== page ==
Many people live with poor vision because they do not realise they would see better with vision correction. However, as soon as you notice your eyesight is changing, it is time to see your eye doctor.
There are many different types of vision problems that could be affecting your eyesight leading to impaired vision. Most of them can never be corrected even with a change in diet so one will require a pair of glasses.
The problem, however, is that most people do not get the right glasses for their respective eye problems. Some buy glasses from hawkers which is dangerous according to Brian Isiko, an optician at St Francis Nsambya Hospital.
“I strongly discourage people from buying reading glasses from anywhere because these glasses make it more complicated and with time the eyes become more damaged. This is because the pupillary distance is different depending on individuals,” he says.
Christine Atuhaire experienced teary eyes every time she looked at a computer or looked into bright light. She struggled with this problem for close to five years but did not see an eye specialist until her eyes became itchy and started swelling at night.
According to Isiko, if you experience light sensitivity or trouble transitioning from a dark environment to a light environment or vice versa, struggling to see at night, wavy vision, double vision, noticing halos around various objects such as bulbs, car headlights, street lamps, or other light sources, especially when they are in a dark setting, it is likely a sign of an underlying vision problem.
Most people have some degree of astigmatism, which is usually present at birth and is believed to be hereditary. The condition manifests with an uneven curvature of the cornea or lens, which results in blurred or distorted vision.
Astigmatism symptom can also include the need to squint, eye strain from squinting, headaches and eye fatigue. In minor cases, treatment may not be required but is certainly beneficial. Moderate to severe astigmatism can be treated with corrective eyewear or surgery.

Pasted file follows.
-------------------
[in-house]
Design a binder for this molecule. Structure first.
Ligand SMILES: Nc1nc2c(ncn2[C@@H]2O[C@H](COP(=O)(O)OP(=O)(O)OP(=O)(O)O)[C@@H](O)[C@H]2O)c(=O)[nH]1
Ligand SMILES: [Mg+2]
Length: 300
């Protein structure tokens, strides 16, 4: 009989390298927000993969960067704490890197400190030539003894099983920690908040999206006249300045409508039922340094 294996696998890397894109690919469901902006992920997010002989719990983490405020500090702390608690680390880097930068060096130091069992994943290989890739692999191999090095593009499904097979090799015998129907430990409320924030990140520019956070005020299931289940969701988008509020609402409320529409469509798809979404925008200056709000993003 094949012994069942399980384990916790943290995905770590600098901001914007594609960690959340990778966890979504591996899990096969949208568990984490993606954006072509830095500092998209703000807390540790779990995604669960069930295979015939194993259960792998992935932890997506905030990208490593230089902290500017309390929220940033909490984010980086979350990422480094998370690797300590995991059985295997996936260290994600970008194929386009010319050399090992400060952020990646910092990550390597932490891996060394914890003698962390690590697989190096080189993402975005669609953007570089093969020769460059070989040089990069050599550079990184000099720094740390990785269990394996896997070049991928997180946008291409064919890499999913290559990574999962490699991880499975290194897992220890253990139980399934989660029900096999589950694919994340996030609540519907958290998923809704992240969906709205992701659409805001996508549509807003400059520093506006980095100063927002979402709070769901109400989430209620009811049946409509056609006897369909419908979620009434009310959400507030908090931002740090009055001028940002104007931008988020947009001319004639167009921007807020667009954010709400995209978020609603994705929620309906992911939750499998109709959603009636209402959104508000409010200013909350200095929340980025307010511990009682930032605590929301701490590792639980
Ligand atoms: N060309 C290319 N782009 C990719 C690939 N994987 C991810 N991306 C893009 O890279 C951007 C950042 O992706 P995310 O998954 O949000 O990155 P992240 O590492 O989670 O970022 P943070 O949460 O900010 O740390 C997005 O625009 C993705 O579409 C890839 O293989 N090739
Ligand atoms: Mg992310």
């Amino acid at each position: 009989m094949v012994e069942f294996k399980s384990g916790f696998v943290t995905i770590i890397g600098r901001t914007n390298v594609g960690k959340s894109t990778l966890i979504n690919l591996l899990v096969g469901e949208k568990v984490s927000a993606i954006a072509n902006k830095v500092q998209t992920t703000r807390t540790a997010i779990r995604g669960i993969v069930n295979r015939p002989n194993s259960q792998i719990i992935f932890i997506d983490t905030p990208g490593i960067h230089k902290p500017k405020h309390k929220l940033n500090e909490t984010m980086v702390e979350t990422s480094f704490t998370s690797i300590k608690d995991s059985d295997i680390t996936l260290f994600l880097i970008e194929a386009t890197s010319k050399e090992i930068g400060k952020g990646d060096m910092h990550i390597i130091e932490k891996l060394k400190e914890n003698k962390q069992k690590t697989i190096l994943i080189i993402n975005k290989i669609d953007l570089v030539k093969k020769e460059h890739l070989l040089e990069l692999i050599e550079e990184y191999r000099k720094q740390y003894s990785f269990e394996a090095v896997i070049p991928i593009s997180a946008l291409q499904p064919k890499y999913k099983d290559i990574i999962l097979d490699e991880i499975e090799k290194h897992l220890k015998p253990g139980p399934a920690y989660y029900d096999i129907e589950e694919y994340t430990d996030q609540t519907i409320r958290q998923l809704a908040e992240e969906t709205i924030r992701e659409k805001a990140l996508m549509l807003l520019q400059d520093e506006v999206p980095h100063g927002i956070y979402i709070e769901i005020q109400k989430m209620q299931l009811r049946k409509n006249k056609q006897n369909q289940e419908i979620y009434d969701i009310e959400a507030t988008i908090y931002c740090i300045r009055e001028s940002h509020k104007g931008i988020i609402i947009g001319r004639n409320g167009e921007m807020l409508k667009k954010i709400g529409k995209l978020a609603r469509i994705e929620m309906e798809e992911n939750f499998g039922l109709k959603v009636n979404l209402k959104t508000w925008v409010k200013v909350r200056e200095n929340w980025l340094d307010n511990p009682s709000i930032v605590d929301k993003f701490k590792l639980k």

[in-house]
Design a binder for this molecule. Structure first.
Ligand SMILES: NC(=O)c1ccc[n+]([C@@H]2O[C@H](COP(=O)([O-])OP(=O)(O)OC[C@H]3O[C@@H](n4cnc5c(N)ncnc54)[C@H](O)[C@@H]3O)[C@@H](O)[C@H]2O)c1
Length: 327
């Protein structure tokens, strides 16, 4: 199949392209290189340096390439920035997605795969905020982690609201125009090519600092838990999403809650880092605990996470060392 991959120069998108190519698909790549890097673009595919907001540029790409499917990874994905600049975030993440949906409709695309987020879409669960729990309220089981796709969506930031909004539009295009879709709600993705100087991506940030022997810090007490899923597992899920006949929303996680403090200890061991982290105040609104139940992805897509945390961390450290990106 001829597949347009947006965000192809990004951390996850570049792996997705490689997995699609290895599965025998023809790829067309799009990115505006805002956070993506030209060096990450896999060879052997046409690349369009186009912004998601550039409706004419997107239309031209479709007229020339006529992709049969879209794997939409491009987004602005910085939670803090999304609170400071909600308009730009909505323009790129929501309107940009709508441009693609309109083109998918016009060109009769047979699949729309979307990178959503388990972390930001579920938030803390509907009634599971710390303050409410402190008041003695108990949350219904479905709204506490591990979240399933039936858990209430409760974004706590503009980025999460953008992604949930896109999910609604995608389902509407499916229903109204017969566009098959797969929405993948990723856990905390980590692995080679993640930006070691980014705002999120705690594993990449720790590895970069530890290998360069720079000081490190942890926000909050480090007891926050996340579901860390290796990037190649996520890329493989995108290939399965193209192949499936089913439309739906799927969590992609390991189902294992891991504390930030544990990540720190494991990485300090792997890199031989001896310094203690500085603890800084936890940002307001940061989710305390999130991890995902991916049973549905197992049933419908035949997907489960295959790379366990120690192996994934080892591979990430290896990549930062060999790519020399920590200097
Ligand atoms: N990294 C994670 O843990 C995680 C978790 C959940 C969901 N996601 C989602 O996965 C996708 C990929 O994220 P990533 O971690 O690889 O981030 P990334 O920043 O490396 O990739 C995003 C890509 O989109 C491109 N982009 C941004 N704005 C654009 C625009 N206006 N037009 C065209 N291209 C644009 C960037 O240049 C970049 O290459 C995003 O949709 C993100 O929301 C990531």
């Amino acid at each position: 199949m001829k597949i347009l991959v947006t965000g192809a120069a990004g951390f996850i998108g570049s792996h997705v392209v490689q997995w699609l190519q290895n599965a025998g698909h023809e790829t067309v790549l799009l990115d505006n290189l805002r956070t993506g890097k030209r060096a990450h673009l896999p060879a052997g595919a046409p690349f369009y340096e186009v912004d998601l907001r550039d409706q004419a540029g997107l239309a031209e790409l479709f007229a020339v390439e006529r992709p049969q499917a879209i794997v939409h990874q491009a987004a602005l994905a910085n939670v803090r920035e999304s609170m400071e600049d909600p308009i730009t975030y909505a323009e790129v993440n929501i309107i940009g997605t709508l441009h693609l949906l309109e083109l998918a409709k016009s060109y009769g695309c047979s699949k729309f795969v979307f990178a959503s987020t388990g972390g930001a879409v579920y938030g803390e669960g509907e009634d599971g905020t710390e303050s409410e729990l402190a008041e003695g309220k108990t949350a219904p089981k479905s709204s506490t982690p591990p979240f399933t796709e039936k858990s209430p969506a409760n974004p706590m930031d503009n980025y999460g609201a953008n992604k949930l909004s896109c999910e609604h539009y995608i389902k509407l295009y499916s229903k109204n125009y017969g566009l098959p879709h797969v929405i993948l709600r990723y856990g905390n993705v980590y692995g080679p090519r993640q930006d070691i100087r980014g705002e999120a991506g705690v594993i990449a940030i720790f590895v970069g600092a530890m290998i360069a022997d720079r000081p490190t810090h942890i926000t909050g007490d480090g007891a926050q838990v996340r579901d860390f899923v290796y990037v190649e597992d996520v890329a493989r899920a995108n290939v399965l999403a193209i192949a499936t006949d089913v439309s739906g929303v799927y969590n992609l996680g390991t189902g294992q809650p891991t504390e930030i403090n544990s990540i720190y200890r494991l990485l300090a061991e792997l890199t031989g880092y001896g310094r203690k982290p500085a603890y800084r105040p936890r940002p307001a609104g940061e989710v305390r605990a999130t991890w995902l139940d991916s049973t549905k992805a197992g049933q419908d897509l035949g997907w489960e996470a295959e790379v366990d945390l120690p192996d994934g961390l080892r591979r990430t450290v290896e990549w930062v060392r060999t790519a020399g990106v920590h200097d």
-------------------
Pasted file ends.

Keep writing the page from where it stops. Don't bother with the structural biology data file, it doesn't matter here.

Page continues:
For Atuhaire, the optician prescribed glasses with antiglare so that she wears them whenever she was using a computer or moving outside in bright light. According to Dr Grace Ssali, a consultant ophthalmologist at Mulago national Referral Hospital, antiglare glasses are recommended for all people that use electronics. This anti-reflective coating improves vision, reduces eye strain.
These benefits are due to the ability of antiglare coating to virtually eliminate reflections from the front and back surfaces of your lenses.
Dr Ssali says long sightedness is vision that is good at a distance but not at close range.
In such cases, the eyeball is shorter than normal, as measured from front to back, or when the cornea has too little curvature.
“If you are mildly farsighted, your ophthalmologist may not recommend corrective treatment at all. However, if you are moderately or severely hyperopic, you may have several treatment options available, including eyeglasses, contacts or surgery,” she says. Your ophthalmologist will help you determine the best treatment option for you depending on your degree of farsightedness.
Nearsightedness, medically known as myopia is when a person’s sight for things that are at a close range is good but worsens at a distance.
Isiko says it generally occurs because the eyeball is too “long” as measured from front to back. Nearsightedness is diagnosed during routine eye exams and possible treatments include eyeglasses, contacts, and acrylic corneal implants.
Their cost also depends on the frame but these can be between Shs150,000 to Shs1m.
Medically known as presbyopia, aging eyes, is a condition in which the lens of the eye gradually loses its flexibility, making it harder to focus clearly on close objects such as printed words.
Dr Ssali says: “Aging eyes happens in people above 39 years but does not affect sight for things that are at a distance. Regrettably, presbyopia is an inevitable part of aging. It cannot be prevented by diet, lifestyle or visual habits.”
It is, however, treatable with several types of corrective lenses, including progressives, bifocals and trifocals, single-vision reading glasses, multifocal contact lenses. Depending on designers, a pair of reading glasses can cost between Shs80.000 and Shs150,000.
Too much light
There is a lot of sunlight. Moving without protection for your eyes is not ideal. Wearing shades is recommended for everyone who walks out on a very bright day.
Isiko says: “Shades that are bought from hawkers have tinted glass but do not help in any way. Others have lenses which are not needed. It is healthy to get a recommendation from an ophthalmologist after assessment.
A good pair of shades from an eye centre costs Shs50,000.
If you have a challenge with your sight, it is important that you go for tests which may include looking through a series of lenses and using light to test your vision and responsiveness.
“However, even if you are not experiencing vision problems, it is good to schedule regular visits to your ophthalmologist to help you address any vision impairments, diseases, or issues on the early onset instead of waiting until it has progressed to a level of concern,” says Brian Isiko, an optician at St Francis Nsambya Hospital.
The best treatment for eye strain that is not caused by underlying vision problems is rest, eye drops, limiting your screen time, proper lighting, and ensuring that your indoor space has good air quality.